Island Biogeography - University of Windsor

Loses of biodiversity
Natural Extinctions
• Surprisingly, we know very little about natural
• In the past, known only from fossil records
• Physical evidence of cause rarely preserved
• Cause and Effect hard to establish
• Post hoc ergo propter hoc danger
• Even if cause established, what’s the
• Many islands are ‘newly’ colonized by people
Natural Extinctions
• Habitat Disruption
– Volcanic Eruptions
– Asteroid Impacts
• Habitat Modification
– Climate Change
• Continental Drift
– Mountain-Building
– Sea Level Change
• “Exotic” Species
Island biodiversity
• Islands have a very high level of endemism,
contributing disproportionably to their size to
• Many classic examples of adaptive radiation
and lineage diversification (Hawaiian orchids,
Drosophila, honeycreepers, land snails) may be
found among the world's islands.
• For the same reason that these species are
endemic, they are very vulnerable to extinctions.
Islands as global hotspots of biodiversity
Brooks et al 2002
Natural reduction of biodiversity
• Islands are highly vulnerable to natural disturbances like
hurricanes. Spiller et al. (1998) assessed responses of spiders
and lizards to disturbance caused by hurricane Lili on the
Bahama Islands. Winds 90 knots surge 5m
• larger bodied animals (ie. lizards) more resistant to immediate
impact of moderate disturbance (hurricane)
• small-bodied spiders responded more quickly after the
• extinction (or more properly extirpation) from islands was
related to population size only when disturbance was
• Recovery rates related to dispersal ability.
Impact of Hurricane Lilly on Islands in the
Hurricane Lili hit
these islands
with a 5m storm
surge and
90knot winds
(Spiller 1998)
Natural reduction of biodiversity
Fossil record found 0-3 vertebrate population
losses for 4000-8000 years prior to humans on
the Galapagos Islands
Bone finds in a cave on Tonga reveal little
prehuman species turnover
Despite the fact that islands are subject to natural
disasters like drought, fire and cyclones, to date
the fossil record has revealed no major loss of
species from natural causes – prior to humans
(Steadmann 1995)
Natural dispersal does still occur
• Biodiversity on islands is the product of
immigration, extinction, and in situ speciation (in
some cases).
• The green iguana lizard Iguana iguana
colonized the island of Anguilla following a
series of hurricanes in the Lesser Antilles in
1995. The storm tracks were east-northwest.
• The iguanas are believed to have originated on
the island of Guadeloupe, 300 km away Censky
et al. (1998). This lizard was previously
unknown on Anguilla.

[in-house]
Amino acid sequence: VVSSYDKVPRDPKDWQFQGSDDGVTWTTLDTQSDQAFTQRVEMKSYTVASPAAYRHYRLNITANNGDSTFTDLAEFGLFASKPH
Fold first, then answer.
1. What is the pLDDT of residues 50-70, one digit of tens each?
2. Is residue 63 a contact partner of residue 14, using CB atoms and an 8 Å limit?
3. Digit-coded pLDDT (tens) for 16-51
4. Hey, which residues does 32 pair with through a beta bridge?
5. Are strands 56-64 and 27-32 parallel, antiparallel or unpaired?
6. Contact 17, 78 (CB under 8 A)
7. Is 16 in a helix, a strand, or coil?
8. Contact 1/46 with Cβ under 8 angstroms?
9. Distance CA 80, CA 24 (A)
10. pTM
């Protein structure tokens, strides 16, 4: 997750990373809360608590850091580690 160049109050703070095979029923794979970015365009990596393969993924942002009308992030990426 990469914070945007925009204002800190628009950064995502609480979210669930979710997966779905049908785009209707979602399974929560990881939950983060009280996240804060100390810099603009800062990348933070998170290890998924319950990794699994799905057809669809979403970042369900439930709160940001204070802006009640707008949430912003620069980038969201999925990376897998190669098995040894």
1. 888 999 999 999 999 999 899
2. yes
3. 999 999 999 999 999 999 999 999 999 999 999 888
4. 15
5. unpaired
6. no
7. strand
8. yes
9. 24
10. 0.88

Disturbance and Dispersal
• The green iguana lizard Iguana iguana
colonized the island of Anguilla following a
series of hurricanes in the Lesser Antilles in
1995. The storm tracks were east-northwest.
The iguanas are believed
to have originated on the
island of Guadeloupe, 300
km away Censky et al.
(1998). This lizard
was previously unknown on
After the storms, a large mat of logs and uprooted
trees washed ashore on Anguilla. Based on local
observations, it is believed that at least 3 male and 5
female lizards were found on and around the mat on
the beach on Anguilla. One female was in a
reproductive condition, making it possible that this
colony of immigrants could establish on the island.
Prehistoric spread of humans in Polynesia
Due to a low level of resolution among the human populations,
Pacific rat mtDNA was used to reconstruct human dispersal
(Matisoo-Smith et al 1998).
Fiji, New Caledonia,
Samoa and Tonga: 3500
and 3000. Marquesas
Islands 1500-2000, Cook
Islands 1600, Hawaiian
Islands 1400, Society
(Tahiti) Islands 1200 and
Easter Island 1000-1300
New Zealand, was among
the last island groups
colonized (800 years ago)
Prehistoric spread of humans
When Colonized
4,000 years
~ 28,000 years ago
years ago
~ 4,000 years ago
~ 3,500 years ago
~ 1,500 years ago
Human-Caused Extinction
• Excessive Predation (Food, fur, collecting,
pest eradication, etc.)
• Habitat Destruction –
– Losses or changes in food availability
• Destruction of keystone species
• Introduction of Exotic Species
– Competitors
– Predators
– Diseases
Prehistoric island extinctions
Example of Easter Islands bird
species (Steadman 1995)
On one island in the Marquesas
the number of nesting seabirds
went from 22 to 4.
On one island on the Society
Islands nesting birds went from
15 to 4
Galapagos Islands were only
settled by Europeans. Excellent
fossil records show 0-3
vertebrate population losses for
4000-8000 years prior to
humans, but 21-24 after human
Prehistoric island extinctions
Human colonization of Pacific Islands resulted in large numbers
of bird extinctions, numbering ~2000 species (mainly flightless
rails), or 20% of global bird diversity.
Particularly hard hit with extinction or extirpation were rails,
pigeons, doves, parrots and passerines. Seabirds (mainly
shearwaters and petrels) have suffered more from
extirpation than extinction. Processes responsible for
extinctions caused by prehistoric peoples apparently are similar
to those today.
It is estimated that 90% of extinct bird species were inhabitants of
More Polynesian bird species are extinct today from human
causes than are alive today, and many of the survivors have
greatly reduced ranges
Bird extinctions
Decline in bird species on a
Tonganese Island depending on
foraging height and food type
Frugivores declined very sharp with
a negative effect on tree
Ground feeders (7-0) became
extinct caused by human and
non-native mammal predation
Steadman 1995)
Endemic Island Biota Extinction or
• Many of Hawaii’s honeycreeper spp. are extinct
• More than 10% of Hawaii's